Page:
In this research, the utilization of small dimensions Chestnut wood (Castanea sativa Mill.) by finger jointing in the production of high-added-value products, was evaluated. Particularly, the effects of four finger lengths (4mm, 10mm, 15mm and 20mm) and of the orientation of the fingers on static bending strength properties (modulus of rupture and modulus of elasticity), were investigated. The finger jointed Chestnut wood was connected across the grain with a polyvinyl-acetate based adhesive, varying in durability class from D1, D2 to D3, according to EN 204:2001 standard.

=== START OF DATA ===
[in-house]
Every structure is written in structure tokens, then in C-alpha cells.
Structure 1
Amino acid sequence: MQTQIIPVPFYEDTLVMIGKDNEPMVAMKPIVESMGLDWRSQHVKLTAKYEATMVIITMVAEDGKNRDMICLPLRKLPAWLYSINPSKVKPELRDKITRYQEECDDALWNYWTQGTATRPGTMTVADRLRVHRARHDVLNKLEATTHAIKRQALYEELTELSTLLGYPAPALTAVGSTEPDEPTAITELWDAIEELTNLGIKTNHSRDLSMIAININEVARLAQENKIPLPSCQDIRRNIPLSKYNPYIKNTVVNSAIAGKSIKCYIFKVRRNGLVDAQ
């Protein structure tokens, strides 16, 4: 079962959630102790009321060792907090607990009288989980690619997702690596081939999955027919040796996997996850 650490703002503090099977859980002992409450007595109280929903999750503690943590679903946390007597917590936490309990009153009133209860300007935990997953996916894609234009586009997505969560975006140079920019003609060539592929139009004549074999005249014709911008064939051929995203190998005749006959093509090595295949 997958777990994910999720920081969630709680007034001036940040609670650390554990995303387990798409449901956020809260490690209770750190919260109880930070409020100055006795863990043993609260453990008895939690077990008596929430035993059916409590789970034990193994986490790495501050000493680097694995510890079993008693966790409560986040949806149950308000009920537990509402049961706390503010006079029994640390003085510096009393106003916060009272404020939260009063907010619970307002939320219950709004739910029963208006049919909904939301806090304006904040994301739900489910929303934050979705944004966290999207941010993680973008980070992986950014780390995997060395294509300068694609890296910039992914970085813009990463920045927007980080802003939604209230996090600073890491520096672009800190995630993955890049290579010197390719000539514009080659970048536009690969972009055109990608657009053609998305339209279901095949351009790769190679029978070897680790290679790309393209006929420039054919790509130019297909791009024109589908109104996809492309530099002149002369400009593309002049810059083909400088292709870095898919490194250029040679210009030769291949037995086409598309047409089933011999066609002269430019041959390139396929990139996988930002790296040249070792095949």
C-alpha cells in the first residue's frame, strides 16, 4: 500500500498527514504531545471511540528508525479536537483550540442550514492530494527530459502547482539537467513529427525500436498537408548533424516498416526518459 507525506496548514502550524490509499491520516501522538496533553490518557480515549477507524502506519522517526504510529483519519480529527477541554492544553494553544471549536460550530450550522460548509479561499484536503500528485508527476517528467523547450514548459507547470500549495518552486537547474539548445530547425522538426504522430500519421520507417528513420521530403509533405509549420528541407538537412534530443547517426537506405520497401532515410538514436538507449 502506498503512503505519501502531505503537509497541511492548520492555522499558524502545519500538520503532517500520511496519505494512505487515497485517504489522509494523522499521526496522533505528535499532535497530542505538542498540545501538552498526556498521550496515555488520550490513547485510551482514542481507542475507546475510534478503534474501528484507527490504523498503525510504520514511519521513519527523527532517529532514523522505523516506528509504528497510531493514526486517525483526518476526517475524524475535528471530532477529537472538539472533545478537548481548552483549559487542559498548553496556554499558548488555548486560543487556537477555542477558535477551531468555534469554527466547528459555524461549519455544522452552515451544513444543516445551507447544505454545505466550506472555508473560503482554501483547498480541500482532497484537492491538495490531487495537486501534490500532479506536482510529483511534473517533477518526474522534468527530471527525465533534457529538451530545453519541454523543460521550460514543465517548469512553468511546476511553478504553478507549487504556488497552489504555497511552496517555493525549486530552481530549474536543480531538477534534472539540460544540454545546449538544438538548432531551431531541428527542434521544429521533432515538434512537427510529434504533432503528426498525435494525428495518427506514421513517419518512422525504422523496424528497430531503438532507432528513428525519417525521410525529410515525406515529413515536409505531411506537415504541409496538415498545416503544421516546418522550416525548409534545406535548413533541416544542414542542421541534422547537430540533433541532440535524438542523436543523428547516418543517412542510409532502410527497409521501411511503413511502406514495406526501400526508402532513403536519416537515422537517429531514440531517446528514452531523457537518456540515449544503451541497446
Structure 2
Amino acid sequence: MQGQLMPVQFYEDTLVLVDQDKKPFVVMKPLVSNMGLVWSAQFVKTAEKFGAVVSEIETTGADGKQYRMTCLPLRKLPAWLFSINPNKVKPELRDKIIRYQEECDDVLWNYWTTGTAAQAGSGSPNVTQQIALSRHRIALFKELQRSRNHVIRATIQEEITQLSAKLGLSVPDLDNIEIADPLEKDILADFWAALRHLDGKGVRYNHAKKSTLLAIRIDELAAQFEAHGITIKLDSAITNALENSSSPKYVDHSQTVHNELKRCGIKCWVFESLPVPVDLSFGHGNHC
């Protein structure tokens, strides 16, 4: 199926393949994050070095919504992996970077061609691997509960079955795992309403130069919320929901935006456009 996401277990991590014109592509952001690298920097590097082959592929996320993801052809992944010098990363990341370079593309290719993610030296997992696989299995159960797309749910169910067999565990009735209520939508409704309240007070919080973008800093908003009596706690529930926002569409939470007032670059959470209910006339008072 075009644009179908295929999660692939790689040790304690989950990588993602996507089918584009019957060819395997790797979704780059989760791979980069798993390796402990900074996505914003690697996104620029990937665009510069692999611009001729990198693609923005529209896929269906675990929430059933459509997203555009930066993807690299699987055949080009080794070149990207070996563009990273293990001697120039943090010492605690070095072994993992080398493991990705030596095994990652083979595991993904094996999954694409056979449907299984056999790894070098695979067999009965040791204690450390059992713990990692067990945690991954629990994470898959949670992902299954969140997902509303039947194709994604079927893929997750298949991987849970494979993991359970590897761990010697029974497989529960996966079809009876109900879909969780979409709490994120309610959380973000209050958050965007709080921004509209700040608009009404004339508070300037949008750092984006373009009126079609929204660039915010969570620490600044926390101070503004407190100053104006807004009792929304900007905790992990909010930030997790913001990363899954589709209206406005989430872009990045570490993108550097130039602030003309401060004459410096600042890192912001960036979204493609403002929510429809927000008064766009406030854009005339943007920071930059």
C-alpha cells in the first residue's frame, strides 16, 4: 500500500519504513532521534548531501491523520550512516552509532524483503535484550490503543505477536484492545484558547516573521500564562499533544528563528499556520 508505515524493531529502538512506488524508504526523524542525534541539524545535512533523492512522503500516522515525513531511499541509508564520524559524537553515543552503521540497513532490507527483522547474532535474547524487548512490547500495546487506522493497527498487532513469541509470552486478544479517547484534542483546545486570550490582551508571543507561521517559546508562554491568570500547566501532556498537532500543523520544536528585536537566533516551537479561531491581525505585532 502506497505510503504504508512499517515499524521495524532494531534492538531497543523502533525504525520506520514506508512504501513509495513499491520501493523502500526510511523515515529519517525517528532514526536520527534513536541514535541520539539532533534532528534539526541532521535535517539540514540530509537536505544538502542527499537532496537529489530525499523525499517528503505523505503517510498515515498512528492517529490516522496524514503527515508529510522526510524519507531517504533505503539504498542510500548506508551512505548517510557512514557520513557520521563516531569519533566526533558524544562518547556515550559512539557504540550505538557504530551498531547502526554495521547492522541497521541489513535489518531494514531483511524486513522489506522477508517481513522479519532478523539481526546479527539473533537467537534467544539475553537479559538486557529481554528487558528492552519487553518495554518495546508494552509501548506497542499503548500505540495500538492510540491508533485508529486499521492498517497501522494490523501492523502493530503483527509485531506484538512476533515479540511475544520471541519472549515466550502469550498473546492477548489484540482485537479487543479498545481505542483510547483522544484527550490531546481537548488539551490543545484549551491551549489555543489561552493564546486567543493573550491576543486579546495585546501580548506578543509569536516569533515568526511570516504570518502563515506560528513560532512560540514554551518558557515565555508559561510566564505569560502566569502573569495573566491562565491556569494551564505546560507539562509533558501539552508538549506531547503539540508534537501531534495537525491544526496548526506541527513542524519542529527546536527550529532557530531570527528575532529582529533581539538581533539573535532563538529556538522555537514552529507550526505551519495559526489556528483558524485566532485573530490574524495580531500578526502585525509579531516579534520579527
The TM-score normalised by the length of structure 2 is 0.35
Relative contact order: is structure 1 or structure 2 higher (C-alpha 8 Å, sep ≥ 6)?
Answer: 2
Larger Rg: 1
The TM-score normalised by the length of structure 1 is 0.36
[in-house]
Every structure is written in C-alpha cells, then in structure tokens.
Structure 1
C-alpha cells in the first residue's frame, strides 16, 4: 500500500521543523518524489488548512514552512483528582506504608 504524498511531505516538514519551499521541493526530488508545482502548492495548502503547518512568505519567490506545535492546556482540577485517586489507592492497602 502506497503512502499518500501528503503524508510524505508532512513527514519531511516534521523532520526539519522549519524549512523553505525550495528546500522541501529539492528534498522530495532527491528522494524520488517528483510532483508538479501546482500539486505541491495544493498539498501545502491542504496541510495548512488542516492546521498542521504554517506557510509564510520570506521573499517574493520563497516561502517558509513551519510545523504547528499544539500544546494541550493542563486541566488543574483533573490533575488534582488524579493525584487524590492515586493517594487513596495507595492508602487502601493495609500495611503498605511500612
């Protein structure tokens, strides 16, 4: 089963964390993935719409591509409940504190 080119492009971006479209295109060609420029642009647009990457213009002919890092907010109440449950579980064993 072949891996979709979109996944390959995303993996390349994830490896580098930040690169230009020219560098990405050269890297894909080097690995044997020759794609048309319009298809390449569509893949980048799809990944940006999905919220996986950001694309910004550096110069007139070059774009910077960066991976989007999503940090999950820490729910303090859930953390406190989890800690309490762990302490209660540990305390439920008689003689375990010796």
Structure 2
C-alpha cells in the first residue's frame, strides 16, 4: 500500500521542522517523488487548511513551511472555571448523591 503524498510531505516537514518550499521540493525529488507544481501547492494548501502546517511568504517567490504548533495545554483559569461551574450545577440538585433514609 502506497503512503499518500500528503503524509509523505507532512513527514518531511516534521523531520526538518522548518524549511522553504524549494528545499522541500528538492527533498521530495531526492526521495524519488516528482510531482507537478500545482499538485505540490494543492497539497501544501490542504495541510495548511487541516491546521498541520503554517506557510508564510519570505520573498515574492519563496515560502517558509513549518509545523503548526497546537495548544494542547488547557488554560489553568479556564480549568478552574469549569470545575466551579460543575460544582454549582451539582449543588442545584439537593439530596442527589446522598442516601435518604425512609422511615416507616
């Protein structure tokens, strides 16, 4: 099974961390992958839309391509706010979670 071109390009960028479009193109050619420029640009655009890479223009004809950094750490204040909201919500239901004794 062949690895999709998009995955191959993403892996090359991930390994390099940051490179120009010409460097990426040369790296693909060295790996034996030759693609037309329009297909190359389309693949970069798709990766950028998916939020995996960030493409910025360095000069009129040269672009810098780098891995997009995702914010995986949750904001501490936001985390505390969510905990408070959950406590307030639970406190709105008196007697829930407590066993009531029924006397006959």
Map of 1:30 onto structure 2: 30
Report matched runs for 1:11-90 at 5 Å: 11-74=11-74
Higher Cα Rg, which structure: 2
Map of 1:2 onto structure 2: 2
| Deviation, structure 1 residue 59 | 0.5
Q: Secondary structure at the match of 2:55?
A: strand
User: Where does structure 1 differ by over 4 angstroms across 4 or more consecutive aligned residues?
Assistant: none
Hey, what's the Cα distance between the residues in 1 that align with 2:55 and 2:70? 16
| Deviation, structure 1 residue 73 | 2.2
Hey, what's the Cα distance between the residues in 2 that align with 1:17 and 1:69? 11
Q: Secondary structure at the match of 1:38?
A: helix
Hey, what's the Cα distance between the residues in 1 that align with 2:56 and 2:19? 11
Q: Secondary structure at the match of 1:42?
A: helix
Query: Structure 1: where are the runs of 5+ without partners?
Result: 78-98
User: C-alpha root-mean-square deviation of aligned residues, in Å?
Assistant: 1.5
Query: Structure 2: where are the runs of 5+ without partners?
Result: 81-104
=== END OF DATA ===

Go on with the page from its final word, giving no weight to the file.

Modulus of elasticity (MOE) of all the investigated joints was found to be slightly greater in mean values than that of the solid wood.
Modulus of rupture (MOR) of Chestnut wood joints ranged from 55.3 N/mm2 to 83.5 N/mm2, which corresponds to a percentage of 57.7% to 87.2% respectively, in relation to that of the control solid wood (95.8 N/mm2). It was found that the 4mm finger length led to the lower MOR values and the 20mm finger length to the higher MOR values, whereas, the samples with a horizontal finger orientation showed slightly higher MOR values, in relation to that of a vertical finger orientation. Also, it was found that the durability class of the PVAc adhesive affected significantly the MOR values. The use of the D1 adhesive led to the lower MOR values and the use of the D3 adhesive led to the higher MOR values, whereas, the D2 adhesive resulted in intermediate MOR values.